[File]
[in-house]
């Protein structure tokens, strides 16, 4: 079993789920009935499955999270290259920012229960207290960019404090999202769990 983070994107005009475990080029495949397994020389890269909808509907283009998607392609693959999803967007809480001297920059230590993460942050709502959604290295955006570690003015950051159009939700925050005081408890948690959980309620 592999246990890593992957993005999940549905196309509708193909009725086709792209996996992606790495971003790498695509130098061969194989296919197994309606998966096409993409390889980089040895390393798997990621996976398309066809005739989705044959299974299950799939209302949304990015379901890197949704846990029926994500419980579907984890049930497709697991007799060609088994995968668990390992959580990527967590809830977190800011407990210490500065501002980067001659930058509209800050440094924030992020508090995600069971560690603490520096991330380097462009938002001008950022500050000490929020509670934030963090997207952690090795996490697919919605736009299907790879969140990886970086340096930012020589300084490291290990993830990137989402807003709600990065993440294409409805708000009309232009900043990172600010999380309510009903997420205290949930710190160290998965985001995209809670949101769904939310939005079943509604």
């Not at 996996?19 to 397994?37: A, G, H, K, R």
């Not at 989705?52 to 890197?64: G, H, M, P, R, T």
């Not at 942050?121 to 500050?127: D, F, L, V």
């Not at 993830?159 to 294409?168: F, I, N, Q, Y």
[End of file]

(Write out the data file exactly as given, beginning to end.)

[in-house]
């Protein structure tokens, strides 16, 4: 079993789920009935499955999270290259920012229960207290960019404090999202769990 983070994107005009475990080029495949397994020389890269909808509907283009998607392609693959999803967007809480001297920059230590993460942050709502959604290295955006570690003015950051159009939700925050005081408890948690959980309620 592999246990890593992957993005999940549905196309509708193909009725086709792209996996992606790495971003790498695509130098061969194989296919197994309606998966096409993409390889980089040895390393798997990621996976398309066809005739989705044959299974299950799939209302949304990015379901890197949704846990029926994500419980579907984890049930497709697991007799060609088994995968668990390992959580990527967590809830977190800011407990210490500065501002980067001659930058509209800050440094924030992020508090995600069971560690603490520096991330380097462009938002001008950022500050000490929020509670934030963090997207952690090795996490697919919605736009299907790879969140990886970086340096930012020589300084490291290990993830990137989402807003709600990065993440294409409805708000009309232009900043990172600010999380309510009903997420205290949930710190160290998965985001995209809670949101769904939310939005079943509604």
């Not at 996996?19 to 397994?37: A, G, H, K, R």
């Not at 989705?52 to 890197?64: G, H, M, P, R, T």
């Not at 942050?121 to 500050?127: D, F, L, V």
């Not at 993830?159 to 294409?168: F, I, N, Q, Y």